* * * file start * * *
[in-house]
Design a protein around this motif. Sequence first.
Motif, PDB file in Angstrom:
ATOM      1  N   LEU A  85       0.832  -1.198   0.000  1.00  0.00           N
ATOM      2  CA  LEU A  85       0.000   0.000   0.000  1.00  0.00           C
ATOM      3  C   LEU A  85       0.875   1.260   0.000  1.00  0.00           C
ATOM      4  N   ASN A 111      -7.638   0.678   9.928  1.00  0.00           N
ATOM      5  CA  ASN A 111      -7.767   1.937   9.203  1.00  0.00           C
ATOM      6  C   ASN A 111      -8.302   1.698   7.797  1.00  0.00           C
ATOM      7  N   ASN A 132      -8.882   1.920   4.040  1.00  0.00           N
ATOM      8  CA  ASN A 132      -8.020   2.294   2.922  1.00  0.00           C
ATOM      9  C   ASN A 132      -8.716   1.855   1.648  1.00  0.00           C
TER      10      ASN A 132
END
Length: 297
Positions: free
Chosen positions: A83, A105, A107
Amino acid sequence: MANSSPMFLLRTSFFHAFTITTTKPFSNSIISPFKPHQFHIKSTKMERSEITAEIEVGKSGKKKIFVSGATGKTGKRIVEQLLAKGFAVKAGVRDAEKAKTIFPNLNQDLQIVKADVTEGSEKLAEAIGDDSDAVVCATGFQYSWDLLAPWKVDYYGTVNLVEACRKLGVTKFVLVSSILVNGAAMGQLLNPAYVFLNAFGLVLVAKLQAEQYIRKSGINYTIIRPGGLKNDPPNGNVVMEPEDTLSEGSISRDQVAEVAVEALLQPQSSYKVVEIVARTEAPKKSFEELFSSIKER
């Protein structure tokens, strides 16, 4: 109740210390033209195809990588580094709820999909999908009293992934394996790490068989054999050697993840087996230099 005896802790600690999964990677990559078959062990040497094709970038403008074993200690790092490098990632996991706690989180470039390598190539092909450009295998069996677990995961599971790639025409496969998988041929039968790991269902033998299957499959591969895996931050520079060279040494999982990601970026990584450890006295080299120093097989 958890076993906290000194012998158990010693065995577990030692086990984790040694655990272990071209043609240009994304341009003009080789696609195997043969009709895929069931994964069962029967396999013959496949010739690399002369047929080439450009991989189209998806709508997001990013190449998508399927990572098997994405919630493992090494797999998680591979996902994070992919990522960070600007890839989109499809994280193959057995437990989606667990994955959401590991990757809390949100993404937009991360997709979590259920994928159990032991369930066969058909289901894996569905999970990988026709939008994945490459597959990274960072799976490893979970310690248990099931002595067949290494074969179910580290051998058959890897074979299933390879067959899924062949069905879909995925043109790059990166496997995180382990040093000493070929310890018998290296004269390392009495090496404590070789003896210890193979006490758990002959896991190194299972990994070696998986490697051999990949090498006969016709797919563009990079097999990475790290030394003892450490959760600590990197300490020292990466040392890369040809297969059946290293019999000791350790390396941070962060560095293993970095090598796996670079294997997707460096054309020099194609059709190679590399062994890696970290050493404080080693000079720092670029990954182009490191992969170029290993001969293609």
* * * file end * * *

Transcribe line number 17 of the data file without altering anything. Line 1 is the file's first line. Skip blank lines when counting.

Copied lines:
Chosen positions: A83, A105, A107